Verizon has today announced its financial results for the fourth quarter of 2012, which has been its best yet in terms of subscriber growth. The company added 2.1 million new customers during the three-month period, bringing its total number of subscribers up to 98.2 million, with 58% of those customers using a smartphone.
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Sprint announced its financial results for the second quarter of 2012 today, which includes “strong” iPhone sales of 1.5 million units. 40% of these devices went to new customers, but they couldn’t help the carrier get out of the red. It reported a net loss of $1.2 billion over the three-month period, compared to a net loss of $847 million for the same quarter last year.
The iPhone is the top performer in the mobile ad monetization performance space, according to a new report from Opera Software. It is followed by Android devices, of course, and then a large gap in which the rest of the mobile devices are being left behind.
“The iPhone leads the smartphone OS pack with an average eCPM of $2.85,” writes the company in their first State of Mobile Advertising report. “Though it is closely followed by Android devices (at $2.10). The rest of the mobile phone field is significantly behind.”
Apple isn’t going to debut their new rumored HDTV set at WWDC 2012, but according to a new report, they will unveil the version of iOS that it will run on, and which will be coming to the Apple TV set-top box later this year. Even more interesting? Your Apple TV might soon become the hub through which the rest of your living room connects.
A new set of attacks have made their way on the scene, causing a new set of problems for Mac users who once though they were safe from viruses. As most of you know, most Mac users currently don’t have an antivirus program installed, which causes problems if their Mac becomes over taken with a virus. Historically, Windows has been plagued with viruses, and OS X has been thought to be virtually safe, but today, a security expert warns Mac users of new viruses.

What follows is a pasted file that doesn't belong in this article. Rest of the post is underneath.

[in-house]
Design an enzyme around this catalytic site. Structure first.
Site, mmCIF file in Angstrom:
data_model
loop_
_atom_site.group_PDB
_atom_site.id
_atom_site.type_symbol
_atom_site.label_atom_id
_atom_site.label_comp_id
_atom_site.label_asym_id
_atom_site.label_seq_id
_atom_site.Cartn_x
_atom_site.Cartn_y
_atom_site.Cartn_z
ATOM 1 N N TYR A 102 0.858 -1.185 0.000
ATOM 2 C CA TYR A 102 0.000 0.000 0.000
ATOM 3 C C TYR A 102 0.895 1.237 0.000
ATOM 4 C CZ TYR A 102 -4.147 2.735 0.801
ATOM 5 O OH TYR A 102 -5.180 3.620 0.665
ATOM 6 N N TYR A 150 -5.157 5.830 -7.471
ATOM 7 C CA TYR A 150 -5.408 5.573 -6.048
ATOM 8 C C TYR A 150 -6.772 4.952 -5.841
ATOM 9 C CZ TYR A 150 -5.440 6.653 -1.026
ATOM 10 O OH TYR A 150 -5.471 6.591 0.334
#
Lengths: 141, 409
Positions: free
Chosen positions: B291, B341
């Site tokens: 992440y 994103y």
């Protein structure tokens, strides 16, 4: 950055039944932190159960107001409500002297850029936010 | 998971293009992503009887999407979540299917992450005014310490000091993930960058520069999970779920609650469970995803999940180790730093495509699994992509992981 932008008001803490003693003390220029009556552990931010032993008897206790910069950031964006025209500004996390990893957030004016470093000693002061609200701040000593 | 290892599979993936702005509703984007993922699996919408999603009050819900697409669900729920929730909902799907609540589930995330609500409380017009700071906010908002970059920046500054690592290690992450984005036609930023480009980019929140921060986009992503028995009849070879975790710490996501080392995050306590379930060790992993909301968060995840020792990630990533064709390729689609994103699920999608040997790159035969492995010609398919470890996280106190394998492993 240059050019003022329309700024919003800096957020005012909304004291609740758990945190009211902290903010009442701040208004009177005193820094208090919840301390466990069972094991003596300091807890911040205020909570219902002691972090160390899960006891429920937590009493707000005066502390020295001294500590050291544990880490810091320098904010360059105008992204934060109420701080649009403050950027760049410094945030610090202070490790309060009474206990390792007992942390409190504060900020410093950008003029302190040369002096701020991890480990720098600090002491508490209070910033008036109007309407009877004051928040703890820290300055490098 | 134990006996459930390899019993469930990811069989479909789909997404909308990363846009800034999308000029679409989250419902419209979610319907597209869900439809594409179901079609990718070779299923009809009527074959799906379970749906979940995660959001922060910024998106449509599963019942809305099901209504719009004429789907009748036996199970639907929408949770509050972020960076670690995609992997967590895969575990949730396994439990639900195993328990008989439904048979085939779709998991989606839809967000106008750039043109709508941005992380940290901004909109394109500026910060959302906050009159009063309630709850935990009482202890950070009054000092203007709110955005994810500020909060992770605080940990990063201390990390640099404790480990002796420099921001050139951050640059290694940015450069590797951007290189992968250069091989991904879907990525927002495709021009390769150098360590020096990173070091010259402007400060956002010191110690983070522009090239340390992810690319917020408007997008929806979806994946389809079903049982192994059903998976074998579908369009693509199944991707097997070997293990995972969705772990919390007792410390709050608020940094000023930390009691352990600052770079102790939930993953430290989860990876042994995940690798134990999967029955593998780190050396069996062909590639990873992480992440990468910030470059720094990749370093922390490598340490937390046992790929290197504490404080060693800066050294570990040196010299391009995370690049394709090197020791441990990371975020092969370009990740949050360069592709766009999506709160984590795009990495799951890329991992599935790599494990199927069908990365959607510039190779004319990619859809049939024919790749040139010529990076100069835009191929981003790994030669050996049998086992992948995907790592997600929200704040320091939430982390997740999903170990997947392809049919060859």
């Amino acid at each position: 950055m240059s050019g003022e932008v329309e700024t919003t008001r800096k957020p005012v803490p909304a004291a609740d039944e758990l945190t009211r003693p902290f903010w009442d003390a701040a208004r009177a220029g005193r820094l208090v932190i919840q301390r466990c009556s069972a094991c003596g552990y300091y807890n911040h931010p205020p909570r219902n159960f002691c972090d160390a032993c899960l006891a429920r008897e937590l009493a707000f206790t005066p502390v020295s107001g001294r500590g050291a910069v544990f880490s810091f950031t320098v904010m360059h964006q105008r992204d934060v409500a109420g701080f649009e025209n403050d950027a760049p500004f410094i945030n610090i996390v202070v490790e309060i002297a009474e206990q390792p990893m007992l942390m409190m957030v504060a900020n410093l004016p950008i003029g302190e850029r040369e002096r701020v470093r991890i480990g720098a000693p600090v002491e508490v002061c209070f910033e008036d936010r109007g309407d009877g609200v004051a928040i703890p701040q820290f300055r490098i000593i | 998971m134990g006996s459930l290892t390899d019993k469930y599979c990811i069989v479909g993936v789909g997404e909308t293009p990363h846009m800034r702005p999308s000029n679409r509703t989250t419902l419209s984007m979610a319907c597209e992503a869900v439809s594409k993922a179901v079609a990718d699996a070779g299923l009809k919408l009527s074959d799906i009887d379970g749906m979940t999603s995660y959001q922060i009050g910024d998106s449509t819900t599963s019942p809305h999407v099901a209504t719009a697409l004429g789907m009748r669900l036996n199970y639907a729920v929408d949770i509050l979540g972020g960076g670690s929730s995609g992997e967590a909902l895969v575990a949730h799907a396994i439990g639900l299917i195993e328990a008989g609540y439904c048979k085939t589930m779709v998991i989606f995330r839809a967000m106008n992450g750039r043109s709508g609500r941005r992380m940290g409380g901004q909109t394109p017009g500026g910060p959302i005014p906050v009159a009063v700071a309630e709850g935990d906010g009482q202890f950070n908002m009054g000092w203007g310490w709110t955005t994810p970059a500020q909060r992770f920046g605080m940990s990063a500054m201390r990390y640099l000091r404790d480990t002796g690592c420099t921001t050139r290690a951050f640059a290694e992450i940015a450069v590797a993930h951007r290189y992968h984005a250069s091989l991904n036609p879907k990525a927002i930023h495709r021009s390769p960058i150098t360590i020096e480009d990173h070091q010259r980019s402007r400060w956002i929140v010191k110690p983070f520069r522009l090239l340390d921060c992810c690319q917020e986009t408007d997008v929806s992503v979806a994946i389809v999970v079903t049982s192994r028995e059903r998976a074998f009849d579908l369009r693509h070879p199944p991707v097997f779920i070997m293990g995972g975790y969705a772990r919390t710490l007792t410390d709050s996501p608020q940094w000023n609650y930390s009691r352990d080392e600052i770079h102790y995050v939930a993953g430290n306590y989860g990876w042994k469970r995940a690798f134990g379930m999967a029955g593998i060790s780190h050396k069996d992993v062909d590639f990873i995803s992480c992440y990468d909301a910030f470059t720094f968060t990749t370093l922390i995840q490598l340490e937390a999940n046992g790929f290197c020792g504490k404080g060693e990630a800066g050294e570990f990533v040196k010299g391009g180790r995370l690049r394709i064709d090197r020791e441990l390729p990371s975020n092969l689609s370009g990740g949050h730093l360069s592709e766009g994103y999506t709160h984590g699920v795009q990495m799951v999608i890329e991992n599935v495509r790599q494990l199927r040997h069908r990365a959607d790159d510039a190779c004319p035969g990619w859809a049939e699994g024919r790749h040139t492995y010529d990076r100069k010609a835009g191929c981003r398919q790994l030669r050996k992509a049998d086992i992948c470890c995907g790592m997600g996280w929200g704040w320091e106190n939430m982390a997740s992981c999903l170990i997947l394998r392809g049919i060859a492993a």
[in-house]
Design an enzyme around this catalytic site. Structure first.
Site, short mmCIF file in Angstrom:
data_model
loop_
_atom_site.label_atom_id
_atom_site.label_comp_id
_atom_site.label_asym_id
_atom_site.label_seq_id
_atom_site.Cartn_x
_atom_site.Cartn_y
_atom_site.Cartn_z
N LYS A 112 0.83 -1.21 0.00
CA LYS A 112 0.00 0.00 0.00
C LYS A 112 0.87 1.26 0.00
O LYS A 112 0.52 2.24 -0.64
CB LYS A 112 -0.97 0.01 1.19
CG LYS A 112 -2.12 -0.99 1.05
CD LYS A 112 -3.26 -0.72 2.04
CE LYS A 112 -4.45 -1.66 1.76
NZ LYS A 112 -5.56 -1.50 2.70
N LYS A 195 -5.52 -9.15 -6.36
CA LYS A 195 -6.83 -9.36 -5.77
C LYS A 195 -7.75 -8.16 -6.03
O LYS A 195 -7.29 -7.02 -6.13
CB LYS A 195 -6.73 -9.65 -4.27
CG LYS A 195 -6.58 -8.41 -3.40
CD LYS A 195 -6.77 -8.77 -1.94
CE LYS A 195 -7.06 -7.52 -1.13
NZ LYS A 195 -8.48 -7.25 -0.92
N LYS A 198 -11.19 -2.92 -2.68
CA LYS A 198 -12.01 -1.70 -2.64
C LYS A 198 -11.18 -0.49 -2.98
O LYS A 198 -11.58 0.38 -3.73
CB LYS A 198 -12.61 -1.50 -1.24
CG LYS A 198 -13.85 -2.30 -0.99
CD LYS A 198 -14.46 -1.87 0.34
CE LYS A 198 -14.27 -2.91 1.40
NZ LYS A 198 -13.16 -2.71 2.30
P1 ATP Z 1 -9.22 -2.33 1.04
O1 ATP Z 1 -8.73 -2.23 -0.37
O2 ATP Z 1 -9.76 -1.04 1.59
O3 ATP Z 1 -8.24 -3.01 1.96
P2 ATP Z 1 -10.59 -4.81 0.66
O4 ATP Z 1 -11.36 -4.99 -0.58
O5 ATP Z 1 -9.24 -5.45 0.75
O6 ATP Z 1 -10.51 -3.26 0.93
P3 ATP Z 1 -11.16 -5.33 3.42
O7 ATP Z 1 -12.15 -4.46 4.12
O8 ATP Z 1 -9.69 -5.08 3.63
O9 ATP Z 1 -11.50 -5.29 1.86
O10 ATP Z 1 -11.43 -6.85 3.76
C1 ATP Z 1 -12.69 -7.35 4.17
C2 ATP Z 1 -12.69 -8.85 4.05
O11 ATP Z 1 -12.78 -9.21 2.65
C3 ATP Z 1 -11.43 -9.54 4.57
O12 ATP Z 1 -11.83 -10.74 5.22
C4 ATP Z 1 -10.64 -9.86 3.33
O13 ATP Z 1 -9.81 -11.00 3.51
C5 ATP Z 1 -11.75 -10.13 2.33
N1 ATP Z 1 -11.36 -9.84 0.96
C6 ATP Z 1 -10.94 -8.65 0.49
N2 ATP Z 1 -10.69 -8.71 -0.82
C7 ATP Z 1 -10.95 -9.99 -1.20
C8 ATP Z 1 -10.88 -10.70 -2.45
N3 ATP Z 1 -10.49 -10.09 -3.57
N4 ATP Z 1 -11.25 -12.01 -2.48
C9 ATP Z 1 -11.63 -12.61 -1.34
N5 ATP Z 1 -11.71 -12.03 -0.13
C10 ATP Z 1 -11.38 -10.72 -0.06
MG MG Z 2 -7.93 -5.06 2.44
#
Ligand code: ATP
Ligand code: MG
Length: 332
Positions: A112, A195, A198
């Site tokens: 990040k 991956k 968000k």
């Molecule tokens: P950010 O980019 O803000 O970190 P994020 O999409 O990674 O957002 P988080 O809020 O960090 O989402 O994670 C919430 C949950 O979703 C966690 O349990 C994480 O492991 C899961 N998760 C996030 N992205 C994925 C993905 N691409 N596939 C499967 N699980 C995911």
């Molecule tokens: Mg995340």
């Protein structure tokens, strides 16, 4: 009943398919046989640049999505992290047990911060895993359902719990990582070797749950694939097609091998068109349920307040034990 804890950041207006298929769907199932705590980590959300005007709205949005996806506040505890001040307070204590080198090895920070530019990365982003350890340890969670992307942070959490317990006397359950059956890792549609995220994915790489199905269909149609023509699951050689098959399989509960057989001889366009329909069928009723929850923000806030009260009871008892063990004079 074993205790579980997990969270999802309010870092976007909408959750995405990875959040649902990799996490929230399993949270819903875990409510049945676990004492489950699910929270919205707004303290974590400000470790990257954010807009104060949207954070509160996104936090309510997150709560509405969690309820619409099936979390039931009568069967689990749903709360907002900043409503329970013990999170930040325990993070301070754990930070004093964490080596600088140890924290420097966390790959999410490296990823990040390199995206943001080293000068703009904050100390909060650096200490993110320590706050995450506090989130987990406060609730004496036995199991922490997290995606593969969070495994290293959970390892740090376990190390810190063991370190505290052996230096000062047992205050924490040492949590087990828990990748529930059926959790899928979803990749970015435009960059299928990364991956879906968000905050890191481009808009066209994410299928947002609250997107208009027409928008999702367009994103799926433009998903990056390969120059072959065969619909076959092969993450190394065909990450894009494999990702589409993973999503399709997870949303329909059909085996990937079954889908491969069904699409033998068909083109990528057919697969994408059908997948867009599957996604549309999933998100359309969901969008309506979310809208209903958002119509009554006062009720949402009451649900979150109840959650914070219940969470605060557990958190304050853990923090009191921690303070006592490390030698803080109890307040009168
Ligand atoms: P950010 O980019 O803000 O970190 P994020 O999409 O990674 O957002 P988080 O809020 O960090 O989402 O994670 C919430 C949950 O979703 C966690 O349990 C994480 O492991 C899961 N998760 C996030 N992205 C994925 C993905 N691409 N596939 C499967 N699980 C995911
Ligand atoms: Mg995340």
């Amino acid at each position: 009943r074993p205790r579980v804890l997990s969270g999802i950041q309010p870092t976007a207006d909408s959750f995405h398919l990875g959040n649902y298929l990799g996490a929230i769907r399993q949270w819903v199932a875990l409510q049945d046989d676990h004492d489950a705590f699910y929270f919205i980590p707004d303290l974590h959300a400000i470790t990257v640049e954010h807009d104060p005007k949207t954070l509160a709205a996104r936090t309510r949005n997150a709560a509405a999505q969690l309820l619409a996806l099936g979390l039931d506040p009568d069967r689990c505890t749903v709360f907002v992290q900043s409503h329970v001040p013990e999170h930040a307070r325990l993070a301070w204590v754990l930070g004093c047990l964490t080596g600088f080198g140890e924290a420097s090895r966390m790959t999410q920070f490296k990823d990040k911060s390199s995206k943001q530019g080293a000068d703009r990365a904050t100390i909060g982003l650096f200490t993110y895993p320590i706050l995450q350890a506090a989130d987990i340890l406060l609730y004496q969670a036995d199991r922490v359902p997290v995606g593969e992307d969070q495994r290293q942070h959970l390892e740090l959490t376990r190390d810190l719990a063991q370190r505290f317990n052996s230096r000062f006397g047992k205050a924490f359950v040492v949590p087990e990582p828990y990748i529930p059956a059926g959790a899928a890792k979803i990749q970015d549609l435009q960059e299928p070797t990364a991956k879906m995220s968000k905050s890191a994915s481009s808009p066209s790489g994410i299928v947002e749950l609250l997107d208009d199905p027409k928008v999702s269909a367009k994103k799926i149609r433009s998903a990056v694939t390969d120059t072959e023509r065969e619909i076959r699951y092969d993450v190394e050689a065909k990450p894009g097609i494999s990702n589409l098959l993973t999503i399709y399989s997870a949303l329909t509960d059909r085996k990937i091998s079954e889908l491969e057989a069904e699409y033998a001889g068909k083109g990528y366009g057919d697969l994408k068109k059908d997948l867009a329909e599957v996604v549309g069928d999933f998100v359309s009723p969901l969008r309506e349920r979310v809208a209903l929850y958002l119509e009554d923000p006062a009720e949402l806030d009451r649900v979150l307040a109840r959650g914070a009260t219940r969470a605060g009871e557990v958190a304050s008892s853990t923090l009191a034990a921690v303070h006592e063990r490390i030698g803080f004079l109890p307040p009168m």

Ever since the redesigned MacBook Air first debuted back in late 2010, the rumor mill has strongly indicated that Apple would redesign its MacBook Pro line of laptops to suit, ditching their bulkier chassises, optical drives and slow, spinning hard drives for Air-like slimness and ubiquitous SSDs. But when is it actually going to happen?
It looks like it might finally happen in 2012, with a report now claiming that Apple “plans to exit 2012 having completed a top-to bottom revamp of its notebooks lineup that will see new MacBook Pros adopt the same design traits [as the] MacBook Air.”
Despite losing its exclusivity to the iPhone back in February when Apple introduced the CDMA iPhone 4 for Verizon, AT&T is still the most dominant iPhone carrier in the United States, enjoying 60% of iPhone 4 subscribers.
Apple takes pride in making its products environmentally friendly. It has worked to reduce its carbon footprint by keeping its product packaging to a minimum, removing toxic materials from its entire product line, making its devices more energy efficient and lots more.
However, the company isn’t the greenest of tech companies. It ranks fourth in Greenpeace’s “Guide to Greener Electronics,” with HP, Dell, and Nokia leading the way.
Forbes has put together its list of the world’s most innovate companies, and the results are fairly shocking. Apple places fifth on the list, with Amazon sitting comfortably ahead at the number two spot. Google ranked a very surprising seventh place, with the number one spot going to Salesforce.com.
The question on everyone’s mind: How do you determine “innovation?”
When Apple releases the new iPhone in September, which is it going to be: a modest speed bump called the iPhone 4S or a major update called the iPhone 5? Both, according to one analyst. Is he nuts?